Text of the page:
A picture-book version of Annie Oakley's life that wavers between a fairly straight telling of the few known facts and tall-tale exaggerations that are both forced and silly.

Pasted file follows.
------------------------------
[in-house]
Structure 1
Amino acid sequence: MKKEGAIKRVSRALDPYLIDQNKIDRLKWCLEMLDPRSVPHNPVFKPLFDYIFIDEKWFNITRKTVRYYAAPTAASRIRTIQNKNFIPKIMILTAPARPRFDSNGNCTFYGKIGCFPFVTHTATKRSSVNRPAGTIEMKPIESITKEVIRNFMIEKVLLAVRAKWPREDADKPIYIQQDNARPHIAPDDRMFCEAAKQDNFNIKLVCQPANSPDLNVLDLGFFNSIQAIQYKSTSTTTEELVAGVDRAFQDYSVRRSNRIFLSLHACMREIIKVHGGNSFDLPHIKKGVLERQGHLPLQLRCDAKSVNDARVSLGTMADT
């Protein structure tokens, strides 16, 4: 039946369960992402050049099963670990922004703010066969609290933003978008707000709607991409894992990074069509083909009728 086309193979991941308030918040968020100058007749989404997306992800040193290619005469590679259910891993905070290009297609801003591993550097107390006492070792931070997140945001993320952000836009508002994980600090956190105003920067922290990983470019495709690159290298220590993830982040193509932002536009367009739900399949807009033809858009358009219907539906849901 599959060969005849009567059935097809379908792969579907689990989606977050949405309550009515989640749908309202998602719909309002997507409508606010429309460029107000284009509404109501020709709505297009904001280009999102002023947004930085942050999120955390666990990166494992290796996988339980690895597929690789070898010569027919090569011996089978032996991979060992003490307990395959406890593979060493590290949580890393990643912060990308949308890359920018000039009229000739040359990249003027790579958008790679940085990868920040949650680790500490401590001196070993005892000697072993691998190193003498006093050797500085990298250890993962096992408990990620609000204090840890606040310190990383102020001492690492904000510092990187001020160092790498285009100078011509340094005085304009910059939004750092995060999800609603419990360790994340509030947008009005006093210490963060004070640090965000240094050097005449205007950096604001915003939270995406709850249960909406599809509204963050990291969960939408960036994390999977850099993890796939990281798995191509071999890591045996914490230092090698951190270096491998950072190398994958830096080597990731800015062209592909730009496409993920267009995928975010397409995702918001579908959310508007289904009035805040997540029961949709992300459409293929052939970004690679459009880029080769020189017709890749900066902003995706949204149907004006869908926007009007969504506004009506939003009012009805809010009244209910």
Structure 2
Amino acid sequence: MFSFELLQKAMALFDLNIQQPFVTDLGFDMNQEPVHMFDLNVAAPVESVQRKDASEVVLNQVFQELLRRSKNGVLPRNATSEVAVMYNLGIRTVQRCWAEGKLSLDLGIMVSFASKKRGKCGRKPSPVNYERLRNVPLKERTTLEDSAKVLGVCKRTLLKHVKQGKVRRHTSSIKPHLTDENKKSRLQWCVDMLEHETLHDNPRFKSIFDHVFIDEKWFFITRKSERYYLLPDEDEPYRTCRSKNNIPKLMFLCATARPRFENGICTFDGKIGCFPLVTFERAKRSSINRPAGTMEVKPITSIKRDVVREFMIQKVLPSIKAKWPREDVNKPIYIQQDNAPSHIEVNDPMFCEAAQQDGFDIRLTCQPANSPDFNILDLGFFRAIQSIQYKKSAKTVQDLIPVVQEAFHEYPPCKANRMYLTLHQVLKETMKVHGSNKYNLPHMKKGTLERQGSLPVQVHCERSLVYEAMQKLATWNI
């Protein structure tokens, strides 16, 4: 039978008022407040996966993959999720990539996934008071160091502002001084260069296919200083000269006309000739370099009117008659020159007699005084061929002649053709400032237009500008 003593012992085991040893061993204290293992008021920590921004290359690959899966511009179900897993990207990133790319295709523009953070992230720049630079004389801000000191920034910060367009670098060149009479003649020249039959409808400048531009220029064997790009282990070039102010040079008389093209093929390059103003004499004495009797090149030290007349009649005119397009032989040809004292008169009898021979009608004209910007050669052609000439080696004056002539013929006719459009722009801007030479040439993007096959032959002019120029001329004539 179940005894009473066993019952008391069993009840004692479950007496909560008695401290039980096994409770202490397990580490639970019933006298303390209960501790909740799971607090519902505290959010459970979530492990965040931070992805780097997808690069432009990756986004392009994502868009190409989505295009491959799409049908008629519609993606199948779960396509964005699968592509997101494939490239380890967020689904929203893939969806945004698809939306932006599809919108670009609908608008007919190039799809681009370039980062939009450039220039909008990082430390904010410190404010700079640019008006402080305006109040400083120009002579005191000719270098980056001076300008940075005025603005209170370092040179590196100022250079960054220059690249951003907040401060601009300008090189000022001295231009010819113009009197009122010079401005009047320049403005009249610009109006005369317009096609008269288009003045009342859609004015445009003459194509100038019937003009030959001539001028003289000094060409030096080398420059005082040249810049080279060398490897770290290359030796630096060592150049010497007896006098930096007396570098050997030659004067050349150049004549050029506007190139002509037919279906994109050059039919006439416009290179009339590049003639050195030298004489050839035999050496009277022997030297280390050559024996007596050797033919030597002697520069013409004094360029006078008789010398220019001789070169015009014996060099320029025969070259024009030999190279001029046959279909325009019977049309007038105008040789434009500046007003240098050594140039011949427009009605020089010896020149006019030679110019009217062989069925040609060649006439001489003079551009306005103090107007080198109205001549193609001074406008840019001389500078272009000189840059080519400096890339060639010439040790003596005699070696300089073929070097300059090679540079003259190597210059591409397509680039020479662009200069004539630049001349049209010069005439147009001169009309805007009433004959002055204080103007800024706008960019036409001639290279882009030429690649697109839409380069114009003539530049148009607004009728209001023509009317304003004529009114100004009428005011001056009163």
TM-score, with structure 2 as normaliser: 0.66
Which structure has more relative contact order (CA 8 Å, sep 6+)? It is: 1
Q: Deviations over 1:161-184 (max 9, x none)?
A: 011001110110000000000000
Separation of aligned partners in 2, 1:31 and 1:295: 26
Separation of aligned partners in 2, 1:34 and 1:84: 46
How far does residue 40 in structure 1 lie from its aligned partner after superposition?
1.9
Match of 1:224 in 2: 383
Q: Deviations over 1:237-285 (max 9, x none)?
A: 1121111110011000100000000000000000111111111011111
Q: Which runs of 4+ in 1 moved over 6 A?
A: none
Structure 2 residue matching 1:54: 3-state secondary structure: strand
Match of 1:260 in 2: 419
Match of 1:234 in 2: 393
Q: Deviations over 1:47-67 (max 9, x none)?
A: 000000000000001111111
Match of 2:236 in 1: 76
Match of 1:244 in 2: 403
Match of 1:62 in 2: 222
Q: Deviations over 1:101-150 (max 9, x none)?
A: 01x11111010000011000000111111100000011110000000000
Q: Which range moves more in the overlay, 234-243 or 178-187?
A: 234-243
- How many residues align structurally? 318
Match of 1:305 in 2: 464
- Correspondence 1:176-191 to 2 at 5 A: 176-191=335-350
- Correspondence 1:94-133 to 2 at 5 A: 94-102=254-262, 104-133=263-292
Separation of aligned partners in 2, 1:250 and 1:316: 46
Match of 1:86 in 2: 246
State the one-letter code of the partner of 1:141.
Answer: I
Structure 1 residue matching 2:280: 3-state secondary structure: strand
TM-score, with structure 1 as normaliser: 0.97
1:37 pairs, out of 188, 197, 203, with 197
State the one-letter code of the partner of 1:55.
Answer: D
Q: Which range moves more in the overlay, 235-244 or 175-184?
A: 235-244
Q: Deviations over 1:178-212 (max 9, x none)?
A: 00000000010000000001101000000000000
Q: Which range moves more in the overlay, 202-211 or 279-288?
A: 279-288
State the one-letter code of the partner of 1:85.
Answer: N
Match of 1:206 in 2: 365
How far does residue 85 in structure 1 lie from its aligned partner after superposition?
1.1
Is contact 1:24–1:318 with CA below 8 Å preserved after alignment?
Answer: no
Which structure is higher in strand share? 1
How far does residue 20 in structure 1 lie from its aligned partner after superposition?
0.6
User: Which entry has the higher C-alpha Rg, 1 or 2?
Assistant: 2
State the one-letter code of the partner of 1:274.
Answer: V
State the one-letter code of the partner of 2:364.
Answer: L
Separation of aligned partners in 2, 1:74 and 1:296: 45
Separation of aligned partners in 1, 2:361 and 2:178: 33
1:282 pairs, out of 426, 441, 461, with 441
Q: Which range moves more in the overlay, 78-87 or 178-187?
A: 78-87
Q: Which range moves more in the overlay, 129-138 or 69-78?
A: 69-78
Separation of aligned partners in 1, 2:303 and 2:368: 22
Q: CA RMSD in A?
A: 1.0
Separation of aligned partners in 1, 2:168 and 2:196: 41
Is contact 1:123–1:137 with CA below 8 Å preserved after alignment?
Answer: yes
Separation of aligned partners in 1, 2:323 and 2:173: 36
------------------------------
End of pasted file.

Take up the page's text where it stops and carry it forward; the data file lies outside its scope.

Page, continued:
As a baby, Annie is described as spitting bullets out of her cradle at the tin roof of the barn, frightening the cows so bad that Pa has to move the structure 15 miles down the road. A few years later, Annie hunts for food for the family, and pays off the farm debt after her father dies. Covered are her marriage to Frank Butler, her trip to Europe with Buffalo Bill's Wild West Show, her meeting Queen Victoria, her outshooting Grand Duke Michael of Russia, and her legendary generosity. Mixed into those events are the tall-tale yarns, when she shot craters in the moon and blasted the points off a distant star. It's a hybrid approach, leaving readers without a real sense of what a genuine star Annie was. In his first book, Goto's glossy paintings, technically proficient, follow the bent of the story and also straddle realism and cartoon buffoonery, with limited success. He makes a burlesque of the facial expressions of Annie's audience, whose uniform astonishment begins to look static.